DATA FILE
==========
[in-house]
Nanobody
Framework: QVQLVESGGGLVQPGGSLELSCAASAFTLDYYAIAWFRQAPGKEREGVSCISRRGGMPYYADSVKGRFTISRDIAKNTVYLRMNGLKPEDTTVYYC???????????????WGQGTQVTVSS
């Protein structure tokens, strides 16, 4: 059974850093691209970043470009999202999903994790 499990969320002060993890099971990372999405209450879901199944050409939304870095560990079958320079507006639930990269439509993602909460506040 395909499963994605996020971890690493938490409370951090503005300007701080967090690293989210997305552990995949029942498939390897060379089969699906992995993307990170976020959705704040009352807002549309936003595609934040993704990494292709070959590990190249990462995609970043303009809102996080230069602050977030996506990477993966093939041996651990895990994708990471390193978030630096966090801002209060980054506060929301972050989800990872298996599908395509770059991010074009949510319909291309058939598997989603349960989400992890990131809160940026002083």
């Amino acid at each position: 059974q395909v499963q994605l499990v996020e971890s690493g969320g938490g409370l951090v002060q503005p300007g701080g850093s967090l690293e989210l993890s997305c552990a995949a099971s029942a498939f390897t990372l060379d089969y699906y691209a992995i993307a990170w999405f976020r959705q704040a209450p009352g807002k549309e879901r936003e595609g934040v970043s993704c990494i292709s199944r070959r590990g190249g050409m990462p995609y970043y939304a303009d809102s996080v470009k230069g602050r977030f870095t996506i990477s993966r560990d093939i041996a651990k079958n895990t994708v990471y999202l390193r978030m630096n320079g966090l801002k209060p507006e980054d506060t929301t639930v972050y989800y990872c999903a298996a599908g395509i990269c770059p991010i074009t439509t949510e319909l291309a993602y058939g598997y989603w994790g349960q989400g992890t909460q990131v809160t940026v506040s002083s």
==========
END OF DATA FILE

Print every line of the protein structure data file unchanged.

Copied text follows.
[in-house]
Nanobody
Framework: QVQLVESGGGLVQPGGSLELSCAASAFTLDYYAIAWFRQAPGKEREGVSCISRRGGMPYYADSVKGRFTISRDIAKNTVYLRMNGLKPEDTTVYYC???????????????WGQGTQVTVSS
């Protein structure tokens, strides 16, 4: 059974850093691209970043470009999202999903994790 499990969320002060993890099971990372999405209450879901199944050409939304870095560990079958320079507006639930990269439509993602909460506040 395909499963994605996020971890690493938490409370951090503005300007701080967090690293989210997305552990995949029942498939390897060379089969699906992995993307990170976020959705704040009352807002549309936003595609934040993704990494292709070959590990190249990462995609970043303009809102996080230069602050977030996506990477993966093939041996651990895990994708990471390193978030630096966090801002209060980054506060929301972050989800990872298996599908395509770059991010074009949510319909291309058939598997989603349960989400992890990131809160940026002083």
């Amino acid at each position: 059974q395909v499963q994605l499990v996020e971890s690493g969320g938490g409370l951090v002060q503005p300007g701080g850093s967090l690293e989210l993890s997305c552990a995949a099971s029942a498939f390897t990372l060379d089969y699906y691209a992995i993307a990170w999405f976020r959705q704040a209450p009352g807002k549309e879901r936003e595609g934040v970043s993704c990494i292709s199944r070959r590990g190249g050409m990462p995609y970043y939304a303009d809102s996080v470009k230069g602050r977030f870095t996506i990477s993966r560990d093939i041996a651990k079958n895990t994708v990471y999202l390193r978030m630096n320079g966090l801002k209060p507006e980054d506060t929301t639930v972050y989800y990872c999903a298996a599908g395509i990269c770059p991010i074009t439509t949510e319909l291309a993602y058939g598997y989603w994790g349960q989400g992890t909460q990131v809160t940026v506040s002083s």